Primary Industries and Regions SA (PIRSA) protects South Australia’s aquatic environment from:
- aquatic pests
- aquatic diseases.
Aquatic pests threaten South Australian:
- native species
- tourism seafood industry
- seafood industry
- aquaculture industry.
Early detection and monitoring by the community can identify new pests before they can establish in South Australia. Many successful pest eradication and control programs are the result of community members reporting new pest species.
Learn more about aquatic pests:
PIRSA manages threats from aquatic pests by:
- Monitoring for the entry and spread of new pest species.
- Responding to sightings of pest species before they establish.
- Supporting control programs that minimise the impact of pests that can’t be eradicated.
National Carp Control Plan (NCCP)
The NCCP is investigating ways to control carp, the most destructive introduced pest fish species in southeastern Australia, to improve the quality of Australia’s waterways and aquatic biodiversity. A key method being explored for the control of carp is the potential release a carp virus Cyprinid herpesvirus 3 as a biological control.
The $15 million NCCP in partnership with PIRSA and Natural Resources SA Murray Darling Basin will be hosting four community briefing sessions in South Australia in December 2017 and February 2018 providing up to date information on the work of the NCCP.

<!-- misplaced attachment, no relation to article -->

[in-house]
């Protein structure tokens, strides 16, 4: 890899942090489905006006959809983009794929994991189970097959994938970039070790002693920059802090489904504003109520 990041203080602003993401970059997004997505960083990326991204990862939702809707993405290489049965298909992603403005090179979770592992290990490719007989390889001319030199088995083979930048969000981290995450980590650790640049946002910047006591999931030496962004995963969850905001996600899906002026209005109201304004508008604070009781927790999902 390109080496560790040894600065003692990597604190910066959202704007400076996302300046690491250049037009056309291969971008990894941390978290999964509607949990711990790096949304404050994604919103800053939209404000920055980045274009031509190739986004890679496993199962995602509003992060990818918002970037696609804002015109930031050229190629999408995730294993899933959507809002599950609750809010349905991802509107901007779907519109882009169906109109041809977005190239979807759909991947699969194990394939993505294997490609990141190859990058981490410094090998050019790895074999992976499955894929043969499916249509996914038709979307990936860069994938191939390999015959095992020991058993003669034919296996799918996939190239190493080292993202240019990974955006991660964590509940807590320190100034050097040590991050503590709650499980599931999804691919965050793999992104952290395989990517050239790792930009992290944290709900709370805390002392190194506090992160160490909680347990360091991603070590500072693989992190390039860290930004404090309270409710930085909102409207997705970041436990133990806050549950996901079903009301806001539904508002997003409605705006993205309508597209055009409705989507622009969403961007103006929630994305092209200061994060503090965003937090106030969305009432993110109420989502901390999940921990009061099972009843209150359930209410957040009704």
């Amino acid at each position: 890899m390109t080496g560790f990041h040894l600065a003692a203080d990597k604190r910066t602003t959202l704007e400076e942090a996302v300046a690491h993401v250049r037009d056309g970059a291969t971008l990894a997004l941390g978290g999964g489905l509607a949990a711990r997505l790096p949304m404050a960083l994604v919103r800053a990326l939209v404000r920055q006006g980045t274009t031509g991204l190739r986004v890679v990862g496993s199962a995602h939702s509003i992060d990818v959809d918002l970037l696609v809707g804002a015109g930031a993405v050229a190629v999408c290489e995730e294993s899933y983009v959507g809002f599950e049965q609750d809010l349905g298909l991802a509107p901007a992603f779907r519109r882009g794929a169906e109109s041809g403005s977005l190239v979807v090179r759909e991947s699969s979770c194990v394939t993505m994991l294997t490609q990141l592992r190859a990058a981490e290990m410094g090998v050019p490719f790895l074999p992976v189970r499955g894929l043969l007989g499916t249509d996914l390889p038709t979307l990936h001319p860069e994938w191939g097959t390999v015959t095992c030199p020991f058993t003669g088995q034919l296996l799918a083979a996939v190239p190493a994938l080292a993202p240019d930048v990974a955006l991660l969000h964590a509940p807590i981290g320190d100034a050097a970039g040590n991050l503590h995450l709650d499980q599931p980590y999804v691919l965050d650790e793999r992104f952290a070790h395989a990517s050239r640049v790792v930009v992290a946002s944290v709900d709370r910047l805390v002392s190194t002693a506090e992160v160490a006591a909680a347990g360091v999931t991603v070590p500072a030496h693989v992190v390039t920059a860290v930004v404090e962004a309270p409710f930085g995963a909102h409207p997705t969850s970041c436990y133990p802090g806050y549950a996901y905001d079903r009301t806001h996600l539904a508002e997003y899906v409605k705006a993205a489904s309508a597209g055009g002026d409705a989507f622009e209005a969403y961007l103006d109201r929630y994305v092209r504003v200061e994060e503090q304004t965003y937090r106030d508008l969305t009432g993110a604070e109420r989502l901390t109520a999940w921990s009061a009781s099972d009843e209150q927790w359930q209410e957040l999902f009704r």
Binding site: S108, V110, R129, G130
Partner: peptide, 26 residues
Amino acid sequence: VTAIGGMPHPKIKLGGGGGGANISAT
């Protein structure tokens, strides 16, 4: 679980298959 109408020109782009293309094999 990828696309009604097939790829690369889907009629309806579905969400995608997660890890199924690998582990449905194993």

at the following locations:
- 11 December 2017 – Berri. Berri Town Hall, 19 Wilson St, Berri. 6-8pm
- 12 December 2017 – Goolwa. Goolwa Regatta Yacht Club, Barrage Road, Goolwa. 6-8pm
- 5 February 2018 – Mannum. The Barn Conference Room, Mannum Motel, 76 Cliff St, Mannum. 6-8pm
- 6 February 2018 – Adelaide. Barcoo Function Centre (inside South Australian Sea Rescue Squadron), 7 Barcoo Road, West Beach. 6-8pm
The community briefing session will also provide a forum for people to ask questions on the NCCP and provide feedback to the program.
Primary Industries and Regions SA (PIRSA) protects the aquaculture industry from aquatic diseases with:
- border controls
- disease monitoring programs
- disease outbreak preparation.
Learn more about aquatic diseases.